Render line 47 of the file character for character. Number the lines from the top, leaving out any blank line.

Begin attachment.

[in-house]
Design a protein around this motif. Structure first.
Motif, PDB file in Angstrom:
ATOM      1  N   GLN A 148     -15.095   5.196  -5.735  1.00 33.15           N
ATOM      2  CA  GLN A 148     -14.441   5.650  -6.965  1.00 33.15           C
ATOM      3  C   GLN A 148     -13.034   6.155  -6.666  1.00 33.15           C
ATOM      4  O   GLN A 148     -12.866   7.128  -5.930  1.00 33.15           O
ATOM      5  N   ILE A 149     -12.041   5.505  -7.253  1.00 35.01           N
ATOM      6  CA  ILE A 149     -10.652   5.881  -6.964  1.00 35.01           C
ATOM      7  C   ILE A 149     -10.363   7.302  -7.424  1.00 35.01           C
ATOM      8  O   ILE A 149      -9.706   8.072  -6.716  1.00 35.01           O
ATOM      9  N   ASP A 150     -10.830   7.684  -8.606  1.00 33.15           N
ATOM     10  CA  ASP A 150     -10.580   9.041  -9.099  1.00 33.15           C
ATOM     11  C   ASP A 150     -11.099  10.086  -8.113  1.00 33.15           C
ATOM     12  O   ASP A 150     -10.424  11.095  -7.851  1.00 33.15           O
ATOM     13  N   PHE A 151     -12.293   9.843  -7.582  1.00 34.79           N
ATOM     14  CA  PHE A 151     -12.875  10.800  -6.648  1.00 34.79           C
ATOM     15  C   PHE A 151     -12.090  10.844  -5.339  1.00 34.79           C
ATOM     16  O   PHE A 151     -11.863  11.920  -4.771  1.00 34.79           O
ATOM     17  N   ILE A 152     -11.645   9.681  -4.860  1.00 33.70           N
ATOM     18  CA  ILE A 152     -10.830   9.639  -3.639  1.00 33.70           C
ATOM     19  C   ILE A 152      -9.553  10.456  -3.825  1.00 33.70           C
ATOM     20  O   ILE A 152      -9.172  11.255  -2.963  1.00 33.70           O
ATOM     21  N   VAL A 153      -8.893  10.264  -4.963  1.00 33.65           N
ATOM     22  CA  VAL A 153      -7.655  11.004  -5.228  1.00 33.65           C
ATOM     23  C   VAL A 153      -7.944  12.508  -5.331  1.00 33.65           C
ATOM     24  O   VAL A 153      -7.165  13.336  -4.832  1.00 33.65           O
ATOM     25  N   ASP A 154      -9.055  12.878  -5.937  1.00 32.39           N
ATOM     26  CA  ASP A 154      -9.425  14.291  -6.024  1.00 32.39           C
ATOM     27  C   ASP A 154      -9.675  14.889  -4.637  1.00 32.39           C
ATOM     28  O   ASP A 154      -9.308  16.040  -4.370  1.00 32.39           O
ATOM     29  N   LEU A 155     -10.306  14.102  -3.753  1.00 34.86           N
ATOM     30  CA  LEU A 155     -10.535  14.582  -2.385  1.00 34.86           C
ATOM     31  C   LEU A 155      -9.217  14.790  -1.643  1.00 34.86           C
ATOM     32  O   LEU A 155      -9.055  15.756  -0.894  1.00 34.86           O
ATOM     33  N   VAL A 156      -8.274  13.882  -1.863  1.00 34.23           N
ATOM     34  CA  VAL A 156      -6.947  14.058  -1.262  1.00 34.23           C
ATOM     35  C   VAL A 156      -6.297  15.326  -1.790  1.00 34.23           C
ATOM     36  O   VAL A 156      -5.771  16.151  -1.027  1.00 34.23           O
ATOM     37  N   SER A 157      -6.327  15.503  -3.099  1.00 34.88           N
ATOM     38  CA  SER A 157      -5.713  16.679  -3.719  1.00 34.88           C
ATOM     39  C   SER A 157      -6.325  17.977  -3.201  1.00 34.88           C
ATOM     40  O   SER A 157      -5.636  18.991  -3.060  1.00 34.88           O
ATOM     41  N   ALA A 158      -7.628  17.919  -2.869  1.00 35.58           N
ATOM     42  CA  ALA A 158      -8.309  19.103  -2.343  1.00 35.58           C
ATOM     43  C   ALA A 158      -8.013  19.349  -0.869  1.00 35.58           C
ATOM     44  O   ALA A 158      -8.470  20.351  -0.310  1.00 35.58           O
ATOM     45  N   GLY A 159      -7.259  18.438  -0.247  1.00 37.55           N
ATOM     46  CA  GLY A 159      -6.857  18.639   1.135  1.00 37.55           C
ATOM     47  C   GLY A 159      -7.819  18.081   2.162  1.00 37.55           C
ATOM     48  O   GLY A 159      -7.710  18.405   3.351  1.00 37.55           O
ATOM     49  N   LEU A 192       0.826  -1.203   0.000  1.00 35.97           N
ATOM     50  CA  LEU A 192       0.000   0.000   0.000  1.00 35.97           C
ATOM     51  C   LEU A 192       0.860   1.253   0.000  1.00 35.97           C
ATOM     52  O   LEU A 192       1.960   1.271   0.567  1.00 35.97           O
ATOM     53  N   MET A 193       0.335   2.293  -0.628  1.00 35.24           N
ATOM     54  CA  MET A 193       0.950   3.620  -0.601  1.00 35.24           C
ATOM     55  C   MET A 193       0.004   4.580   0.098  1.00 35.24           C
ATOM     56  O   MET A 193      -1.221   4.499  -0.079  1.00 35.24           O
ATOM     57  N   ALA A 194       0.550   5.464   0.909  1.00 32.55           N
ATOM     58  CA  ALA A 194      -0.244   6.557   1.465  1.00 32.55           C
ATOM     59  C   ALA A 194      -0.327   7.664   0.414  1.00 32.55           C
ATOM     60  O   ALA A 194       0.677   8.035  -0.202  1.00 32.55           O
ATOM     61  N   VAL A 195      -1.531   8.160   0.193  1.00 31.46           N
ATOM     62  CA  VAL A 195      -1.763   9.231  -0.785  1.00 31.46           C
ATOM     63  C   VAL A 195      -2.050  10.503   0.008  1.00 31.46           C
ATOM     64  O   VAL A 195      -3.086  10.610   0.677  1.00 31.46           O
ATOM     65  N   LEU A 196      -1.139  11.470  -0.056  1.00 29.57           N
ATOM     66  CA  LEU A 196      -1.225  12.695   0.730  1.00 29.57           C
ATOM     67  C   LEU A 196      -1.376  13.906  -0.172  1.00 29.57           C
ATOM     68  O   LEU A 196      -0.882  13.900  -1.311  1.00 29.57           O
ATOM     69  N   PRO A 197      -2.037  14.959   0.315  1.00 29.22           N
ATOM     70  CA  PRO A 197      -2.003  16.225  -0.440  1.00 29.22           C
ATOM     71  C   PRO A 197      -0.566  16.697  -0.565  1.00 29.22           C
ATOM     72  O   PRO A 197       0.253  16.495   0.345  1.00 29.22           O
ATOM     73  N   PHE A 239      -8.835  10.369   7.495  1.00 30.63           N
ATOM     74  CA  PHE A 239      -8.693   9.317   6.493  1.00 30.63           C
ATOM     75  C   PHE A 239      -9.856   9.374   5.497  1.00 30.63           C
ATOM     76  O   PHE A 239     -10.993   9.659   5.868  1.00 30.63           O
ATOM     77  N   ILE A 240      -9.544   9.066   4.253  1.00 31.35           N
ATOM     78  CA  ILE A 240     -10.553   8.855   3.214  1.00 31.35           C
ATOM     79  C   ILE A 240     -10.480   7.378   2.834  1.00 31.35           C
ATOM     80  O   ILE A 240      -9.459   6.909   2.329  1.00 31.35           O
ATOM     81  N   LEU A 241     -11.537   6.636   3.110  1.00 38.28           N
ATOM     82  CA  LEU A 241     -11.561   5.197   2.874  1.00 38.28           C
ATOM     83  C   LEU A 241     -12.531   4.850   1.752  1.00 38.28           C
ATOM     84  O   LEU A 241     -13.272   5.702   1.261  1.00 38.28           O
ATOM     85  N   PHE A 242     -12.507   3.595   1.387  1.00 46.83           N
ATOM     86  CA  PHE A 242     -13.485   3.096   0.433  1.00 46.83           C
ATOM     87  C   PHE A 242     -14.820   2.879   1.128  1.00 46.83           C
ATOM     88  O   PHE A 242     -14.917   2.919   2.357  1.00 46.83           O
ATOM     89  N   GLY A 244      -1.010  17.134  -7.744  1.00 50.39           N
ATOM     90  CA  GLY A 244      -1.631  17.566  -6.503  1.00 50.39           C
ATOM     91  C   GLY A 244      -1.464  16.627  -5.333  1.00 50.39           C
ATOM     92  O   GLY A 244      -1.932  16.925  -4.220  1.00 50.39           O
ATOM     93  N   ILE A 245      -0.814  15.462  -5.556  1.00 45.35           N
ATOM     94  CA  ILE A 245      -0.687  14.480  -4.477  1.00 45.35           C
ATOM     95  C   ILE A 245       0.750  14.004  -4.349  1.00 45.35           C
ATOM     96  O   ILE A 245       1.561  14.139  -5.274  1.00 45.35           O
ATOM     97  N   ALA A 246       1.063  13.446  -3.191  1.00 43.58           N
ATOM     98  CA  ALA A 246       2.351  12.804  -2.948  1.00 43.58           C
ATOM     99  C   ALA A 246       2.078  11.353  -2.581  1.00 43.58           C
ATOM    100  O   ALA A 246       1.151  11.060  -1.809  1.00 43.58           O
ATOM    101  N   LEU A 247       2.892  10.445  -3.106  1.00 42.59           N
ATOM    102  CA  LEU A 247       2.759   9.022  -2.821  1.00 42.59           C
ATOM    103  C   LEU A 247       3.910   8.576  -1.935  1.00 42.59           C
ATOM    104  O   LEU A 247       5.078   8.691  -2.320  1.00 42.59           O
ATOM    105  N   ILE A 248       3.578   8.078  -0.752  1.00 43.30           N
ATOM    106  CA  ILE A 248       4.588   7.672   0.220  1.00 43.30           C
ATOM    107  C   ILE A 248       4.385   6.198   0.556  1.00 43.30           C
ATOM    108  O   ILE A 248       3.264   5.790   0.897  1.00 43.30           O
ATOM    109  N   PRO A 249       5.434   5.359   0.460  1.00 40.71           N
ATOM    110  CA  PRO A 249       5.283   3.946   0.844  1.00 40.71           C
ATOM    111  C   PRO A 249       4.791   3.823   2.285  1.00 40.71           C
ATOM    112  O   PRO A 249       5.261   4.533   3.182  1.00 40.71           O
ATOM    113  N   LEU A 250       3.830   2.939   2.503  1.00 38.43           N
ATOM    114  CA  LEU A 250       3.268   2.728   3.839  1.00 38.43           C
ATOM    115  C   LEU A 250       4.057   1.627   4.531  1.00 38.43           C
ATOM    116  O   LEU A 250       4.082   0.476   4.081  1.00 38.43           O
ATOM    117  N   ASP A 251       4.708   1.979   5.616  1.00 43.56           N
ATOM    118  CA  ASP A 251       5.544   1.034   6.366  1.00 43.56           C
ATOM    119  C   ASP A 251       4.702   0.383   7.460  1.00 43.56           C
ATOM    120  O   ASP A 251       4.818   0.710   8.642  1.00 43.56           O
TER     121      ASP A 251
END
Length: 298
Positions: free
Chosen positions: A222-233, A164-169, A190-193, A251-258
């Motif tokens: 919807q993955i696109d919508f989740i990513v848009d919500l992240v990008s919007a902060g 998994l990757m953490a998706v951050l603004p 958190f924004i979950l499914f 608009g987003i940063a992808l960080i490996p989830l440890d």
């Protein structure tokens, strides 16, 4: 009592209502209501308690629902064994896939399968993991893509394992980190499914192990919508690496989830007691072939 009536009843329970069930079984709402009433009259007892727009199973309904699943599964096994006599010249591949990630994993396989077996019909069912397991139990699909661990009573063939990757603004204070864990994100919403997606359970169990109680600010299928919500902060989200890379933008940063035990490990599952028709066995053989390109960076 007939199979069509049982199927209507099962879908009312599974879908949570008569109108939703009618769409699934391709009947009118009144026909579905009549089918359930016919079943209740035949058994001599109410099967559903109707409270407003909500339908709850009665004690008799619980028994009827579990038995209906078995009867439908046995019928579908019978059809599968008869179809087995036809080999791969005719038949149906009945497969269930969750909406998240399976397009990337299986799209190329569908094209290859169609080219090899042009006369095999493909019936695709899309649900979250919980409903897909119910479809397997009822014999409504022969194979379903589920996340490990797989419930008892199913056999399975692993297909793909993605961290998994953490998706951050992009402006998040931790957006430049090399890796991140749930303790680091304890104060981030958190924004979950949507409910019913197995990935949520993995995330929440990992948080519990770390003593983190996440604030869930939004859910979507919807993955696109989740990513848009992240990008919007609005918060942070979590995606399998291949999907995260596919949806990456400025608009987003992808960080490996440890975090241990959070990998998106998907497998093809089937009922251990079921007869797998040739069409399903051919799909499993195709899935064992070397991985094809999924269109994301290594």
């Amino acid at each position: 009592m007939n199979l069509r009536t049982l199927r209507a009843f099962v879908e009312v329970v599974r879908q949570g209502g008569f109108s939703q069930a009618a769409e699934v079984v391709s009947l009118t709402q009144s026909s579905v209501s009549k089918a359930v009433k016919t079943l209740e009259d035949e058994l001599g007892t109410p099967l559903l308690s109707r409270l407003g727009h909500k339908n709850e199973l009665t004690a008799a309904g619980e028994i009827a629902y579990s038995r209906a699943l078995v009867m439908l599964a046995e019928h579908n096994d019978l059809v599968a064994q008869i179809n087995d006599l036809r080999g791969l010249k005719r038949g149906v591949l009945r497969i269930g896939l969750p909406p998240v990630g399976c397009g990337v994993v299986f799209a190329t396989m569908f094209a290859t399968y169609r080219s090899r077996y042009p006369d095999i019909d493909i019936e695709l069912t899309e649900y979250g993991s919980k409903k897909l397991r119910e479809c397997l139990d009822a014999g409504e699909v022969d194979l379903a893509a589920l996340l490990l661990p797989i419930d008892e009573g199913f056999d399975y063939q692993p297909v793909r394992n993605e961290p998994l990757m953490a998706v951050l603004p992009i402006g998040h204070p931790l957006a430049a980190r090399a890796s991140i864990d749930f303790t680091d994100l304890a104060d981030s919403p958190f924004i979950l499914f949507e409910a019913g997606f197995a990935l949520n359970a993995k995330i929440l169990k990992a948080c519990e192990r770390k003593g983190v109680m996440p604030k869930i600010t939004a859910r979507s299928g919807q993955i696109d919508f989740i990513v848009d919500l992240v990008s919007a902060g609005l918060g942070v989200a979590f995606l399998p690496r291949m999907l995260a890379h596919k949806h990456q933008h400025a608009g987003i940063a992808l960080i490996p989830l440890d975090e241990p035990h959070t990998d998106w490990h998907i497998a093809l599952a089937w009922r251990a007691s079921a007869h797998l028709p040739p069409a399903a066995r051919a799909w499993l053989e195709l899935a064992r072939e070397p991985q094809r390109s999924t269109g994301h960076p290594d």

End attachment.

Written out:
ATOM     44  O   ALA A 158      -8.470  20.351  -0.310  1.00 35.58           O